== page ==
You’ve talked about that religious conflict before, saying how you may have had to choose between your church or your writing. Since you feel as free as ever, I’m guessing you went with the writing?
Ultimately, I took it in my own hands. I am no longer a part of that church. I resigned my membership, so I no longer feel that same pull or worry of doing what you’re supposed to as a member of that church. There was a tension between being a writer and that, and I no longer have that same tension.
When it comes to adapting stage plays, have you found anything that works on the stage but not quite in a movie?
There are the things you usually hear from people. With a film you want to show, while on the stage you want to tell. That’s the general rule, and I’m not sure I’ve always adhered to that. I like movies that are talky and stage-bound, being all in one room, a home, or whatever it is. I appreciate those things. There’s room for all kinds of stories. One of the things we spoke about earlier, in fact, is breaking the fourth wall and addressing the camera. There are great examples of that. I mean, certainly something like Alfie and FerrisBueller, and that can be a great convention. Occasionally, there’s a very weird one. It’s usually an aside, like, the Skipper looking at the camera on Gilligan’s Island while everyone went about their business. There’s Laurel and Hardy who did as well. There’s been a tradition of asides to the camera or a character addressing the camera.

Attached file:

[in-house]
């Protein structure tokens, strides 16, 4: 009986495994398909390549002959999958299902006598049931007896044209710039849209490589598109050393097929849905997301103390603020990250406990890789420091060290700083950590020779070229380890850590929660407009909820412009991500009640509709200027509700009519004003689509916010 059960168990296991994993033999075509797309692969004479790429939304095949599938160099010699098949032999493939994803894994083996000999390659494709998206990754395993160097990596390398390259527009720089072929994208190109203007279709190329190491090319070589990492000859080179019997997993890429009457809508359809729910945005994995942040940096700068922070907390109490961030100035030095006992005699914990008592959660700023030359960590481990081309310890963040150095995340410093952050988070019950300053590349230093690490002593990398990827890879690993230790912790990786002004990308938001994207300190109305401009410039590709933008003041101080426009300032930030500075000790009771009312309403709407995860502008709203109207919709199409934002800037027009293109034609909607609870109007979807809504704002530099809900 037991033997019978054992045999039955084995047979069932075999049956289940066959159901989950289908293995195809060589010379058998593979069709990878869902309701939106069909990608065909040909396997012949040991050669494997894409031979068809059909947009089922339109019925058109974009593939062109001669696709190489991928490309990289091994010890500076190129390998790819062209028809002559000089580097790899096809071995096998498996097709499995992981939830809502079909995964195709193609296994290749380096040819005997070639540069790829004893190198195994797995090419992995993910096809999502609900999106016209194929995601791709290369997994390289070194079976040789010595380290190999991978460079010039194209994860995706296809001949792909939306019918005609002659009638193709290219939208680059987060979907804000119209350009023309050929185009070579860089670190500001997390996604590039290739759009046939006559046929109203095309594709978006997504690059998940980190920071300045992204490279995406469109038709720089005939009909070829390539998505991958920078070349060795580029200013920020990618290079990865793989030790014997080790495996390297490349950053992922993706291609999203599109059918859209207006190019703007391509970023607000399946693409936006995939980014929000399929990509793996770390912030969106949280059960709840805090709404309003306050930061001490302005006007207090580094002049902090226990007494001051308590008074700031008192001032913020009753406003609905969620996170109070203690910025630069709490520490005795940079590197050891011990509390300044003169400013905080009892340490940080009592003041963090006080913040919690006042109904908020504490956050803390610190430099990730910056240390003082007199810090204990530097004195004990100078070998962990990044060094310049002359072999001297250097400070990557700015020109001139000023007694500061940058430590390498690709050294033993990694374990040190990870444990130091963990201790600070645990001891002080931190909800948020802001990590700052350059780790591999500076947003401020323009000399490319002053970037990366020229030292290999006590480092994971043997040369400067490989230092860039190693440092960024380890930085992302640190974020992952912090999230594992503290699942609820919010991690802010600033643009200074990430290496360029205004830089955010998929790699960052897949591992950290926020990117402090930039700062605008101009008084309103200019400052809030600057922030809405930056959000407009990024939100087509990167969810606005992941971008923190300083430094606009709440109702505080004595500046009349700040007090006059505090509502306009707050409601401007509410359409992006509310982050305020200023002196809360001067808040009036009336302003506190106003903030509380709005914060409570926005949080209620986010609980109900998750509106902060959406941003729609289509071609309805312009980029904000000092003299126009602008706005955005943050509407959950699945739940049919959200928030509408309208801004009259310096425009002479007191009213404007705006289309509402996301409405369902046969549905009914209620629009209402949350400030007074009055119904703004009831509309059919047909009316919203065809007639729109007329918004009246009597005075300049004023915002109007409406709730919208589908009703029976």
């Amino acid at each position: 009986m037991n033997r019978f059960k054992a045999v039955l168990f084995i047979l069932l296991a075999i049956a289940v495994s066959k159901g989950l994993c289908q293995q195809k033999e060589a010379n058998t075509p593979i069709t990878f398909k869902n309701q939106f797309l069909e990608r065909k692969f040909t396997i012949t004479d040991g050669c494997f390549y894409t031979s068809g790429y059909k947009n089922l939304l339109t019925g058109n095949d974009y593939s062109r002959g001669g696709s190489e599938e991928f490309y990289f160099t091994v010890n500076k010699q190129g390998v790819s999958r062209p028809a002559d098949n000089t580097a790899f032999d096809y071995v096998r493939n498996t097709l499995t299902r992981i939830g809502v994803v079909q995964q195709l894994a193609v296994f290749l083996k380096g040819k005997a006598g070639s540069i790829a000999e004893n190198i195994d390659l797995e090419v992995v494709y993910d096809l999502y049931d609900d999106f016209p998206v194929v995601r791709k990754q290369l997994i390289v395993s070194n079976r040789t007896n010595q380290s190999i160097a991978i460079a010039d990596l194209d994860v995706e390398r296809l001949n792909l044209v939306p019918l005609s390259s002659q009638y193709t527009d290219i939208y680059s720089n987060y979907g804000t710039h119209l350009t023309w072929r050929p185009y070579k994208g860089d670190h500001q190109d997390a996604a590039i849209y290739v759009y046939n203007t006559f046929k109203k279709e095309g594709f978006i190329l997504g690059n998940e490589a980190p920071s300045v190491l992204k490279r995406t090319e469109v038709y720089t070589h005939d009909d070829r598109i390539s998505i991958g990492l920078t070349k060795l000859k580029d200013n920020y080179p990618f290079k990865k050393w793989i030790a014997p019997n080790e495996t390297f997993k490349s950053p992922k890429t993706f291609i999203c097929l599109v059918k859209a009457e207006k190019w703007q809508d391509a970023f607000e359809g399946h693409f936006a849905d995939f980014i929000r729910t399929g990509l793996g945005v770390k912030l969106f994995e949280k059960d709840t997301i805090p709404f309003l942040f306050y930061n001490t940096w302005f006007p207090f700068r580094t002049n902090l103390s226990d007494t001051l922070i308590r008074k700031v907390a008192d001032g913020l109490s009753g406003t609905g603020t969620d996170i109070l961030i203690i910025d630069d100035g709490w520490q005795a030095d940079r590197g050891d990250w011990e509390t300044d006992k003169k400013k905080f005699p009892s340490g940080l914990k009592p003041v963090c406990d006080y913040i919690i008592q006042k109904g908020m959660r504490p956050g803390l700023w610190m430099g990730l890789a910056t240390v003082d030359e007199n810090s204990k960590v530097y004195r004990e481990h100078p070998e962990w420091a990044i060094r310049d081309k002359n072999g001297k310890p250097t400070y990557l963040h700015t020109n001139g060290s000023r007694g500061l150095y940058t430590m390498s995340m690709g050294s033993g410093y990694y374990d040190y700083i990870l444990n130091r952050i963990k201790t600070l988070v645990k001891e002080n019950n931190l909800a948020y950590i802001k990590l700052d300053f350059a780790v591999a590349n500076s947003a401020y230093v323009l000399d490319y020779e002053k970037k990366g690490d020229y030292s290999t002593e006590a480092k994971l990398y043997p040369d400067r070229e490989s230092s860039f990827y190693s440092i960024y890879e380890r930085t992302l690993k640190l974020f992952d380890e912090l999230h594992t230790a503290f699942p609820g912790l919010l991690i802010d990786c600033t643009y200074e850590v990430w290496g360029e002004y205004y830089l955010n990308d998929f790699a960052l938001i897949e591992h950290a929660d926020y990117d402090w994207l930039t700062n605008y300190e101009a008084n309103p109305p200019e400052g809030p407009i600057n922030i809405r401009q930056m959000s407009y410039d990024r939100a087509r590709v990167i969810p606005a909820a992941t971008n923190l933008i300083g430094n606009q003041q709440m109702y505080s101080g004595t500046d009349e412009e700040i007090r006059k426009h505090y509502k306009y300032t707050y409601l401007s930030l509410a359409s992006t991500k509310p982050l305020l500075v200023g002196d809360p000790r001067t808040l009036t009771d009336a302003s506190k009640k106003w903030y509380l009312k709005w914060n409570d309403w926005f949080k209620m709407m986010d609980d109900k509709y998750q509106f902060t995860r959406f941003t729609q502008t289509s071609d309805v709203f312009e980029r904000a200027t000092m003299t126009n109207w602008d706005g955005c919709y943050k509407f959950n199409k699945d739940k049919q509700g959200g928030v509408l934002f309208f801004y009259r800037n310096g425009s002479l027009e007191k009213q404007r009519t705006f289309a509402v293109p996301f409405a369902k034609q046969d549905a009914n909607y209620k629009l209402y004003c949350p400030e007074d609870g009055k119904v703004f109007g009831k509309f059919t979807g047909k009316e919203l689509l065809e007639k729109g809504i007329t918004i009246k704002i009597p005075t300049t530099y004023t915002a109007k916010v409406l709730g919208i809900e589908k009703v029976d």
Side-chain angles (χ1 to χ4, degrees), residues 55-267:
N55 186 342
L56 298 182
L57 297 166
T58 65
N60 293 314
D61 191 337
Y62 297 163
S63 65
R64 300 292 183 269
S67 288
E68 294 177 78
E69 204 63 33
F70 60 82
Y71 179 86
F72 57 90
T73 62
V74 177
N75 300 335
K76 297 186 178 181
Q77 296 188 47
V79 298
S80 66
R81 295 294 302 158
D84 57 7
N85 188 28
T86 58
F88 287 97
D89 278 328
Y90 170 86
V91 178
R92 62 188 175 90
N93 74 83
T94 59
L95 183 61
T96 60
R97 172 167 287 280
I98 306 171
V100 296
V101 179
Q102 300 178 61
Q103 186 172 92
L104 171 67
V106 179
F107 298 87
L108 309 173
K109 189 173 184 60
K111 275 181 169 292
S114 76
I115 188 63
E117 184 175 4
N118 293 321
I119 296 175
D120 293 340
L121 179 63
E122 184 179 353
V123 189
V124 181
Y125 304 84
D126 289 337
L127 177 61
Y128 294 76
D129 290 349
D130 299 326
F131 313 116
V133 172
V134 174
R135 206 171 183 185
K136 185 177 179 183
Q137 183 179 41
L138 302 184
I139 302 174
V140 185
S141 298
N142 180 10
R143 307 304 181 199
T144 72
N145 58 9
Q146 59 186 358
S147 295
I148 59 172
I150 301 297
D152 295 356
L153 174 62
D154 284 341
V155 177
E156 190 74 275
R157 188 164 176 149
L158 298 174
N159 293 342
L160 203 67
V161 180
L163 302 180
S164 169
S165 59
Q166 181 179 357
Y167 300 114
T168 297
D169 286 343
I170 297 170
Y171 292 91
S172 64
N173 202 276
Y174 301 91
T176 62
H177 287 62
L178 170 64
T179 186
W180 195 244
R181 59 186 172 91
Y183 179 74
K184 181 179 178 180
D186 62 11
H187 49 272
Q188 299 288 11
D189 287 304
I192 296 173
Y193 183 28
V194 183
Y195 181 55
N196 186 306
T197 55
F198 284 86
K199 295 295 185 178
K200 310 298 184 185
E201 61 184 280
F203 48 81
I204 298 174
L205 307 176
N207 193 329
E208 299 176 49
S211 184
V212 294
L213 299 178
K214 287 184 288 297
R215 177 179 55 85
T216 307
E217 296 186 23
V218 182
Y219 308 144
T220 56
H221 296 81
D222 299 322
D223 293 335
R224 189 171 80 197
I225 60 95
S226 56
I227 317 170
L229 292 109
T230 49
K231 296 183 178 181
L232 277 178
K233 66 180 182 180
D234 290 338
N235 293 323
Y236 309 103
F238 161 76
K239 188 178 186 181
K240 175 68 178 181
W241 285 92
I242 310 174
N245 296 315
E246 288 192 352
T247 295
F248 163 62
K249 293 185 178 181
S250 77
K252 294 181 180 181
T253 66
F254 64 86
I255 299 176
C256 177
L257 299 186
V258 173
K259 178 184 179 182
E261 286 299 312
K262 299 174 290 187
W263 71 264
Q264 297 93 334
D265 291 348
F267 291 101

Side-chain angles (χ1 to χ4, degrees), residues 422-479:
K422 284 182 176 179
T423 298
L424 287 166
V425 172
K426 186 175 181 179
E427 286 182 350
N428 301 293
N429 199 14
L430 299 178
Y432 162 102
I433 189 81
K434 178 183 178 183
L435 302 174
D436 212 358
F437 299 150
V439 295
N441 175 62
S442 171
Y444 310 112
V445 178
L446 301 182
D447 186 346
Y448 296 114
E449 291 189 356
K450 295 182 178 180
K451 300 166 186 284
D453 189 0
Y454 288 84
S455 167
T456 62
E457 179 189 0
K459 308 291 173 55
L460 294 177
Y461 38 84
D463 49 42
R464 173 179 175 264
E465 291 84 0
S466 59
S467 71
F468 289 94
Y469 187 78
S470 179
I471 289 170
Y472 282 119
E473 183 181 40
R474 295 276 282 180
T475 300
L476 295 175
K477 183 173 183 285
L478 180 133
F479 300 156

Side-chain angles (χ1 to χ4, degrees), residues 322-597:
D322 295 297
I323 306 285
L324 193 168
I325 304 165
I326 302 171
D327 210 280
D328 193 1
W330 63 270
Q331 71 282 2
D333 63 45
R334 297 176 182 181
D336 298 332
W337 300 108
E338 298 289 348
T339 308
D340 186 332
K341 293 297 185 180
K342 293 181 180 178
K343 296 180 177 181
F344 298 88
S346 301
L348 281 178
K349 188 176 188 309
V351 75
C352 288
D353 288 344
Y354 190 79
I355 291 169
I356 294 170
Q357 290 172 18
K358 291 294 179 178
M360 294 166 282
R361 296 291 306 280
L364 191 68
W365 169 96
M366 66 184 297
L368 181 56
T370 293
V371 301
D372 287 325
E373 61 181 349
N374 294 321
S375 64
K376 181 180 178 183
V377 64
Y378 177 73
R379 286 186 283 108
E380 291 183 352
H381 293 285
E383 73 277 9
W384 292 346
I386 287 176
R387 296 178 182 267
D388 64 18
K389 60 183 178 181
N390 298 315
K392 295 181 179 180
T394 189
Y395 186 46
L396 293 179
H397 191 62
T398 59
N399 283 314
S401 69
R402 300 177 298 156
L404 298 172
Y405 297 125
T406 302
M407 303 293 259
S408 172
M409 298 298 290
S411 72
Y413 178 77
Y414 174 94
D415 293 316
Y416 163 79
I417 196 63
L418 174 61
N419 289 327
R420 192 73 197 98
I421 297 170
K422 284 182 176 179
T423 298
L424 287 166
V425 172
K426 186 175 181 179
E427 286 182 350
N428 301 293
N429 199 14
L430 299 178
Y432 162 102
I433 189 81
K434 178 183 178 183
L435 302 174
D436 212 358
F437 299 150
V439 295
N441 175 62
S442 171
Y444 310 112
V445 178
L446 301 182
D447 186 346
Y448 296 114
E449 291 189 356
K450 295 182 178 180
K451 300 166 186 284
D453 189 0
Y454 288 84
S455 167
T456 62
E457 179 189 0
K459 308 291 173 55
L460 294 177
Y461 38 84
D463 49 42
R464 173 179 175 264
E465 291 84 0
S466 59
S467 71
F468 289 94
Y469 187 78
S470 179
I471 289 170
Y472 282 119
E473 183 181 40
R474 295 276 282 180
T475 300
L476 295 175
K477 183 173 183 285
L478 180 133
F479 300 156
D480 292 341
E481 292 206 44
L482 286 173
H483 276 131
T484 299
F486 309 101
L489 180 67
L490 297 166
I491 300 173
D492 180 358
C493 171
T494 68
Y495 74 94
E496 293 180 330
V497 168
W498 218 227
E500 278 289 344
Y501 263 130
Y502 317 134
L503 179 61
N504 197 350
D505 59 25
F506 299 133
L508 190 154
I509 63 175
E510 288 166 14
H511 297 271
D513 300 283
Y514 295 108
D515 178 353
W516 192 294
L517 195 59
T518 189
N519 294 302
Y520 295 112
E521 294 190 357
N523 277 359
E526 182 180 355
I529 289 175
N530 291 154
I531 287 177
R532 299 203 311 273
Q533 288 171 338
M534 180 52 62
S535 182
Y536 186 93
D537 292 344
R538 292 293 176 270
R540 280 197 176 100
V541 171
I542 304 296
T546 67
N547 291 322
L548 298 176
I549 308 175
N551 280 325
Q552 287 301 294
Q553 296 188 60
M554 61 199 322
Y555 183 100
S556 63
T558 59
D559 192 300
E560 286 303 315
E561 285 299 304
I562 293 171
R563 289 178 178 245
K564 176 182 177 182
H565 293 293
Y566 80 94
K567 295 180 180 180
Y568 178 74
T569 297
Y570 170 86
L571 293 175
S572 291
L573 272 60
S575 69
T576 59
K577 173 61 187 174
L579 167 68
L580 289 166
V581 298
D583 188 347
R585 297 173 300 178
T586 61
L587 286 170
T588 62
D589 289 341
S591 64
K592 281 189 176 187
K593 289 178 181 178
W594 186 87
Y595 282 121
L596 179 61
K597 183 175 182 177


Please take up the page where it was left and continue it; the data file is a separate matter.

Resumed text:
For the most part, breaking that fourth wall is rare. One of my favorite examples is from Sunday Bloody Sunday. It’s a very realistic film and awfully well done, but in the last scene a character addresses the camera and tells the audience his story. I found it strange because it’s so different from the rest of the movie. That kind of thing is rare, but on stage it is accepted all the time. Audiences accept that and love the connection with a live performance. The more stage-bound something feels, I think people suddenly feel like it’s not a movie. I don’t know why. They only think it’s a movie if you’re out in an ocean or in a vast desert. I think there’s all kinds of movies that work for me, and hopefully for other people as well.
It’s surprising to hear Gilligan’s Island has had such an impact on your work.